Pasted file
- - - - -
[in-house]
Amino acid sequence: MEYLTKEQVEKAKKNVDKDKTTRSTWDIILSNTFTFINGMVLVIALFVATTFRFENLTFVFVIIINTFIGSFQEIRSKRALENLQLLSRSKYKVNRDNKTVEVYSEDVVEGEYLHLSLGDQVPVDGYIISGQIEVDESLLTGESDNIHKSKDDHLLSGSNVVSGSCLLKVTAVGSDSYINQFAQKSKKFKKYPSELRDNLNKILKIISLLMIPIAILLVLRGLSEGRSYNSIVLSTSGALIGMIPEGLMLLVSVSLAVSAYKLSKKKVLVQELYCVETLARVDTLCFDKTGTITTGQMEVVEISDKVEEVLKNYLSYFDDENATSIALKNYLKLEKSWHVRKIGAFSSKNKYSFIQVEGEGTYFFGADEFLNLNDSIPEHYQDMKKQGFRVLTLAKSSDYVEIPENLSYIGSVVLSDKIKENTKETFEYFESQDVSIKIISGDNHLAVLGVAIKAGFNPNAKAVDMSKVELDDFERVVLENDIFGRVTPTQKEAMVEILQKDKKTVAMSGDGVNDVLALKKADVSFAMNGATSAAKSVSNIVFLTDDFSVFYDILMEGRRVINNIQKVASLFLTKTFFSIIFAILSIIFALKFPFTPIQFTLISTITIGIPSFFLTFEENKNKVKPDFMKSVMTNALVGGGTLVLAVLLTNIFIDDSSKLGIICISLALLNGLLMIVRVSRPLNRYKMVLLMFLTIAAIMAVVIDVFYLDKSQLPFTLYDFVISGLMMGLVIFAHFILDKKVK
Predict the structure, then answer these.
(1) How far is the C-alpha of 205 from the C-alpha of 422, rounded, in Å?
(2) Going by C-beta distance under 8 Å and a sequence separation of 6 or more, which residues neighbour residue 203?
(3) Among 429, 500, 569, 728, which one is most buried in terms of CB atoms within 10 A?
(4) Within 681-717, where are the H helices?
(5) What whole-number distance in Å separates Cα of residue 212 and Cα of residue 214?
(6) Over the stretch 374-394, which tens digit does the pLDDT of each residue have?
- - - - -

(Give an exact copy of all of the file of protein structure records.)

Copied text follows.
[in-house]
Amino acid sequence: MEYLTKEQVEKAKKNVDKDKTTRSTWDIILSNTFTFINGMVLVIALFVATTFRFENLTFVFVIIINTFIGSFQEIRSKRALENLQLLSRSKYKVNRDNKTVEVYSEDVVEGEYLHLSLGDQVPVDGYIISGQIEVDESLLTGESDNIHKSKDDHLLSGSNVVSGSCLLKVTAVGSDSYINQFAQKSKKFKKYPSELRDNLNKILKIISLLMIPIAILLVLRGLSEGRSYNSIVLSTSGALIGMIPEGLMLLVSVSLAVSAYKLSKKKVLVQELYCVETLARVDTLCFDKTGTITTGQMEVVEISDKVEEVLKNYLSYFDDENATSIALKNYLKLEKSWHVRKIGAFSSKNKYSFIQVEGEGTYFFGADEFLNLNDSIPEHYQDMKKQGFRVLTLAKSSDYVEIPENLSYIGSVVLSDKIKENTKETFEYFESQDVSIKIISGDNHLAVLGVAIKAGFNPNAKAVDMSKVELDDFERVVLENDIFGRVTPTQKEAMVEILQKDKKTVAMSGDGVNDVLALKKADVSFAMNGATSAAKSVSNIVFLTDDFSVFYDILMEGRRVINNIQKVASLFLTKTFFSIIFAILSIIFALKFPFTPIQFTLISTITIGIPSFFLTFEENKNKVKPDFMKSVMTNALVGGGTLVLAVLLTNIFIDDSSKLGIICISLALLNGLLMIVRVSRPLNRYKMVLLMFLTIAAIMAVVIDVFYLDKSQLPFTLYDFVISGLMMGLVIFAHFILDKKVK
Predict the structure, then answer these.
(1) How far is the C-alpha of 205 from the C-alpha of 422, rounded, in Å?
(2) Going by C-beta distance under 8 Å and a sequence separation of 6 or more, which residues neighbour residue 203?
(3) Among 429, 500, 569, 728, which one is most buried in terms of CB atoms within 10 A?
(4) Within 681-717, where are the H helices?
(5) What whole-number distance in Å separates Cα of residue 212 and Cα of residue 214?
(6) Over the stretch 374-394, which tens digit does the pLDDT of each residue have?